Bronwyn Oliver is best known for those large seedpod – metallic basket weaving type things that you see every now and then. There was a great one at the botanic gardens, and LOTS of artists have sort of copied her since. So it’s become a bit of a style…

But don’t be fooled. Oliver composes her pieces with an intrinsic sense of the organic method of construction, assembling pieces according to the rules of placement, structure emerging, gradually, perfectly.

My god its’ a good show. Close up – not just the overall forms of the pieces, but the minutiae – their impeccable structural integrity that really sucked me in. this extended to the tracery of oxidized patinas of the brazing where she melted and joined metal elements together. Metal was metal, but opened itself up to something else.

This is absolute alchemy of material, form, suggestion, imagination…. And so immensely, intensely moving….. So mayhems eyes lingered, following each segment, meditating on the divine structure of each piece –highlights included cascades of tumescent budding breasty forms, exquisitely balanced stone like structures, a mighty pentacled anus, and some delightfully laced woven threading forms composed into long stem like structures. Oliver composes new structural laws for each piece, and the time, the time just to look, to comprehend, well it’s more ZEN than ZEN ART. It’s amazing.

So now, after this I have a definition of GREAT ART. And it is timeless. (A classic line).

But really amazing work, draw you into its own logic and its own time. You don’t just look at it and go ‘oh, its about that’, you get invited to explore further what it could be, has been, might become.

It takes a very special, intimate and knowing love of the material, of the medium in order to convey that. So heart, hand, eye, imagination. Time space, medium.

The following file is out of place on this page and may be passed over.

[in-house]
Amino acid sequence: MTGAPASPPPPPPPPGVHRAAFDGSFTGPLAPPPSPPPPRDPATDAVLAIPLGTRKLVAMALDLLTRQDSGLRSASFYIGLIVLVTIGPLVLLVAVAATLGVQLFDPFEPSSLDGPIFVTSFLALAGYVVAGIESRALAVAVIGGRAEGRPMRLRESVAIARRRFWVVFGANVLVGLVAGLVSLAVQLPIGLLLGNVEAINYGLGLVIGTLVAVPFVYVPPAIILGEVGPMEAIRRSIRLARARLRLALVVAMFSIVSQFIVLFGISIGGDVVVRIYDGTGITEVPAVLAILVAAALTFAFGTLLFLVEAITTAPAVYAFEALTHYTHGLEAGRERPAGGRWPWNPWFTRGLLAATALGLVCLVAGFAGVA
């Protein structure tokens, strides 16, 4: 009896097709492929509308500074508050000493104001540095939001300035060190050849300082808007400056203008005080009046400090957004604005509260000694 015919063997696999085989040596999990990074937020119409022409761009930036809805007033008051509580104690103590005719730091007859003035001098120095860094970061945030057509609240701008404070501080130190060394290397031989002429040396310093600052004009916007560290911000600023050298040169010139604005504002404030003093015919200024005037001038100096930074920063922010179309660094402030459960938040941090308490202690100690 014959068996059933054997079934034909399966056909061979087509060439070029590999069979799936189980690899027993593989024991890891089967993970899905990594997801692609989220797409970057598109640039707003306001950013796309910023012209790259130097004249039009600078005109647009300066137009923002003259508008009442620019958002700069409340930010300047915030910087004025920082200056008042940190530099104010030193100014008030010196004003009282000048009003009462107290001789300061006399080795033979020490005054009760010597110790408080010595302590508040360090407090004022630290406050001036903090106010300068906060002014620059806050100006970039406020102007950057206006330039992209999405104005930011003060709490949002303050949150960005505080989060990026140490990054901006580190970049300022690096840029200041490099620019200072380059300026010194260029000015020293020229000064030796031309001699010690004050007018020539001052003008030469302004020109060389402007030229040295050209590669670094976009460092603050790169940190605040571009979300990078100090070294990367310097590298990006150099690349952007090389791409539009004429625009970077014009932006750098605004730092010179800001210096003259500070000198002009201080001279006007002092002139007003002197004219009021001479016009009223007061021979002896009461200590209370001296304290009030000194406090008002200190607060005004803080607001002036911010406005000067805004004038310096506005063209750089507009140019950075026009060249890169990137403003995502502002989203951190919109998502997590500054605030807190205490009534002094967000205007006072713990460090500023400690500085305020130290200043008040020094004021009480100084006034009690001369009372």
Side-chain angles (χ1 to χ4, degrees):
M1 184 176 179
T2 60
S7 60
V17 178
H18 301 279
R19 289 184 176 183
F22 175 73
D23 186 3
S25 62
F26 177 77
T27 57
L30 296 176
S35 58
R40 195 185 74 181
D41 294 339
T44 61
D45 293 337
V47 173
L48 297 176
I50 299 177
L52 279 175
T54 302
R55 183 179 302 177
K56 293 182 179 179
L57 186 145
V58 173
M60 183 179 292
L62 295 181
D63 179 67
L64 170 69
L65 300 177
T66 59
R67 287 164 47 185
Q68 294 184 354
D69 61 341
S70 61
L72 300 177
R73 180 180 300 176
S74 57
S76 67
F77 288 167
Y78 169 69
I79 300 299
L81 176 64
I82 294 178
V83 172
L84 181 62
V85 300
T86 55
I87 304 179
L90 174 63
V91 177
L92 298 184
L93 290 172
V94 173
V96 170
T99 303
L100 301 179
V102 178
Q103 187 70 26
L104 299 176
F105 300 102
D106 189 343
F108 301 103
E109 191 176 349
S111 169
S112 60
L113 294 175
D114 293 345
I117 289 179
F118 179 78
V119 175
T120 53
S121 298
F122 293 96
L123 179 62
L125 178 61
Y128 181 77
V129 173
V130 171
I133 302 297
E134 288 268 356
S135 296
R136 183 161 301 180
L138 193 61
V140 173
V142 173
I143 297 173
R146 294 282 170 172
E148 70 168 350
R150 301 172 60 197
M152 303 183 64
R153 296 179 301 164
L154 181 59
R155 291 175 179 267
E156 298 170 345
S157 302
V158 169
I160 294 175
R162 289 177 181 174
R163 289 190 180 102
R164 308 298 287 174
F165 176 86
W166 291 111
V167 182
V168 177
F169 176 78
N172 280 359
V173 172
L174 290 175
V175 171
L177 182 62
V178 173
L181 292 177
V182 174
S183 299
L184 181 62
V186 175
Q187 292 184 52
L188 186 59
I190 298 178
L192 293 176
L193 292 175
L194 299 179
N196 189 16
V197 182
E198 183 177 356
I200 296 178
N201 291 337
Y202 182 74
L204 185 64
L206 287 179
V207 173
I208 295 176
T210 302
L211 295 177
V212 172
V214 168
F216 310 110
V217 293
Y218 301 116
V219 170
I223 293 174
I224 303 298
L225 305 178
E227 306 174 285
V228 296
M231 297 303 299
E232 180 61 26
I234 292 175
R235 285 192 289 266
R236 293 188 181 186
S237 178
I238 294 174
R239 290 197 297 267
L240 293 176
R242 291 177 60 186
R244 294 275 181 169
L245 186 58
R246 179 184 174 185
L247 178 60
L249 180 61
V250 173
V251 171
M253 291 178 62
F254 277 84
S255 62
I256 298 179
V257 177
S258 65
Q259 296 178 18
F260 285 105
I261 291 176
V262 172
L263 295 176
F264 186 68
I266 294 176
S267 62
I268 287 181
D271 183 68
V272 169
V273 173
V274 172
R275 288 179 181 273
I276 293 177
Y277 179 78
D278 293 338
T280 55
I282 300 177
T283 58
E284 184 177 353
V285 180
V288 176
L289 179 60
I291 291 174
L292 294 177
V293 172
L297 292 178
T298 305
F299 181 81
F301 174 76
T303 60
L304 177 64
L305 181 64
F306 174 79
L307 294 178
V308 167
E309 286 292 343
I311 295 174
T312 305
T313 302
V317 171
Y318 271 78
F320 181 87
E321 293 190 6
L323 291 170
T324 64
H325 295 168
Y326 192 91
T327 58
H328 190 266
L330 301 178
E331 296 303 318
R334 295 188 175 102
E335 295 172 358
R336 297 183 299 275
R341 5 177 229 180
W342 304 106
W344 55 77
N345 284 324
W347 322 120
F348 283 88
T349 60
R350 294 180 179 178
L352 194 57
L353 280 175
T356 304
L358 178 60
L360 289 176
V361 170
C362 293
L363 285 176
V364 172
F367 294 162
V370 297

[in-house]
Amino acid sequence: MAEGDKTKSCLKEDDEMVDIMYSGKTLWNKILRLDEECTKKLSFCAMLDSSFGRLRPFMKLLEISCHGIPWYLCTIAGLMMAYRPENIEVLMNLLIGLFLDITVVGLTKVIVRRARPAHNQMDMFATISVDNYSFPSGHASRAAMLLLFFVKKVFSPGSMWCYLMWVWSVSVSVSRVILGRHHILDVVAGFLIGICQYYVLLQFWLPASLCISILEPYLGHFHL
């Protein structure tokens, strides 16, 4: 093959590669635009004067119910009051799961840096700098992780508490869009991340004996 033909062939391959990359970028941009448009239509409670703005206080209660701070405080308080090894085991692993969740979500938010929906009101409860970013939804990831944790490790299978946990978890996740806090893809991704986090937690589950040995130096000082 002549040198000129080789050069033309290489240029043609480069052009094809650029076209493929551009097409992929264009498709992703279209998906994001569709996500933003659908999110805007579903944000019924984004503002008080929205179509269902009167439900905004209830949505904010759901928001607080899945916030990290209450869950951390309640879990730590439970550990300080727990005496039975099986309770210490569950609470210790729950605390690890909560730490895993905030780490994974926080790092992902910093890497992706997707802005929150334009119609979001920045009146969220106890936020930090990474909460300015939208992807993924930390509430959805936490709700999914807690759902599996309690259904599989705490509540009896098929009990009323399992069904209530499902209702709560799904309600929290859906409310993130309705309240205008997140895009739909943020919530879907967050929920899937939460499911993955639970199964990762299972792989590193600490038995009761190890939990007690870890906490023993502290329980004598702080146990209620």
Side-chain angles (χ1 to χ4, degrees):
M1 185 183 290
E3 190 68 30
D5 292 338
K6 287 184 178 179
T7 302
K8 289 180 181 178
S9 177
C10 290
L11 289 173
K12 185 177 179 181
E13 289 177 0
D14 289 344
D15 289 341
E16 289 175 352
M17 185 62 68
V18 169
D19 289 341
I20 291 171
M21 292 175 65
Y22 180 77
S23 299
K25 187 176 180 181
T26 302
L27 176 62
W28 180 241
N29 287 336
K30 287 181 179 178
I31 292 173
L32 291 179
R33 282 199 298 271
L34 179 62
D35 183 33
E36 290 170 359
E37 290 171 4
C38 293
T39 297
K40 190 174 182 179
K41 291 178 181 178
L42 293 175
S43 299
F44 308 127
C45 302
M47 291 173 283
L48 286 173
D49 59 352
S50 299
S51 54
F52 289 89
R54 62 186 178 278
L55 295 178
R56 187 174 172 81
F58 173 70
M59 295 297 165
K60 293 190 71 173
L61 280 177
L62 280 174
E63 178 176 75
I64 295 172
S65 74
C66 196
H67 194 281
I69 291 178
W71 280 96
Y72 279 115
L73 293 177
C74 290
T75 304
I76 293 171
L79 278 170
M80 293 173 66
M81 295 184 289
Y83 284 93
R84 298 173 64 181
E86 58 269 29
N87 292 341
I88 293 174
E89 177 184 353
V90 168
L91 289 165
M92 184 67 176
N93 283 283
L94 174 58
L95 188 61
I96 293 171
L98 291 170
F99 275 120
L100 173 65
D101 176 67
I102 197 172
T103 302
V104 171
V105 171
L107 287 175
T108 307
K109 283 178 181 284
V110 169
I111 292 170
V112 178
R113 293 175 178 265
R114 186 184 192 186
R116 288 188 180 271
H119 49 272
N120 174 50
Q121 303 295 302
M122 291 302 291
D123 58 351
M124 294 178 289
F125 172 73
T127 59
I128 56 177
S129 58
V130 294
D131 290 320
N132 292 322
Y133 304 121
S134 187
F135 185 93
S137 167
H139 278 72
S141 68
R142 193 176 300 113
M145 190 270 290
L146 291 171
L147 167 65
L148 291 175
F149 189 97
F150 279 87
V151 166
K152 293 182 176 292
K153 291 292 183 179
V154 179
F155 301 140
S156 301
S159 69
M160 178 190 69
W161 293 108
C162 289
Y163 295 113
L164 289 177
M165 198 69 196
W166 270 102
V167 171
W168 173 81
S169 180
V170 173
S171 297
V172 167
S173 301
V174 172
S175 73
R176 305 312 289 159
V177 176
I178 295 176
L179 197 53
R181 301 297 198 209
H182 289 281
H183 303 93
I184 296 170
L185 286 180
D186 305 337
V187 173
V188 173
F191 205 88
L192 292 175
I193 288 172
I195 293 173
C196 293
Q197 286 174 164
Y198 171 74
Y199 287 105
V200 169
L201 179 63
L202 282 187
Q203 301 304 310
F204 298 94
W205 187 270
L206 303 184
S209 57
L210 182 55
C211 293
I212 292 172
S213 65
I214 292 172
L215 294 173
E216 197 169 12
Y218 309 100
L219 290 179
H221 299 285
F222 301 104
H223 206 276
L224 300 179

This is one of the best things I’ve seen all year (I mean ANYWHERE – including Europe).

The Ox ain’t easy to find – but until September 2, you can be guaranteed snarky suit free epiphanic eyeball delight. Those school-aged minions at the ox have outdone themselves in the installation and lighting department. Each piece is well placed, well lit and there’s the right ratio of space to art.

Roslyn Oxley is a 20-minute walk from 5 ways in Paddo or a 10-minute stroll across the oval near Edgecliff station. Shanks pony can get you there easily in daylight. Soudan Lane runs off Hampden Street, which runs off Glenmore. I don’t usually promote the big end of town galleries – but Oliver’s work is so wonderful and it’s doubtful if she’ll get a retrospective at AGNES WALES in the next 30 years so this may be your last chance to enjoy her work.


Anonymous said...

Please use "discombobulated" whereever possible. The last time I looked it up, it wasn't yet officially a word!

Anonymous said...

I first encountered that word in one of Paul Zindel's later works which I read in 1985.

Anonymous said...

Was the book called "The Pigman"?

Ian Milliss said...

Gimme a break you guys, discombobulated has been around since the sixties at least. I reckon it probably comes from the nutty professor or flubber or herbie or one of those types of hollywood kids films.

Anonymous said...

no! let me just google it....'Harry and Hortense at Hormone High' favourite was always 'the undertakers gone bananas'

Anonymous said...

...and the cover art from "Z for Zachariah" ...magic... would go down a treat at Deutscher Menzies.

lauren said...

I hope you don't mind Mayhem, but i've pinched your way of describing that big public gallery on the eastern side of the Domain as Agnes Wales! Using the whole name was such a mouthful - and Agnes is such a lovely way of describing her anyway!
And who else but Mayhem is going to describe Craig Waddell's cock as "delightfully playfully elegantly coloured"!!

Anonymous said...

a word right up PZ's alley, starting his writing in the late 60s. the mid 80s reference comes from my teen years when I was reading 'im.

Ian Milliss said...

Did you see the story about Mayhem the panda getting a new mate in today's Herald? Very cute.

Anonymous said...

The woman who mistook a what for a Waddell.

Friend of What said...

Yeah, those window works at VWA were by the artist known only as What.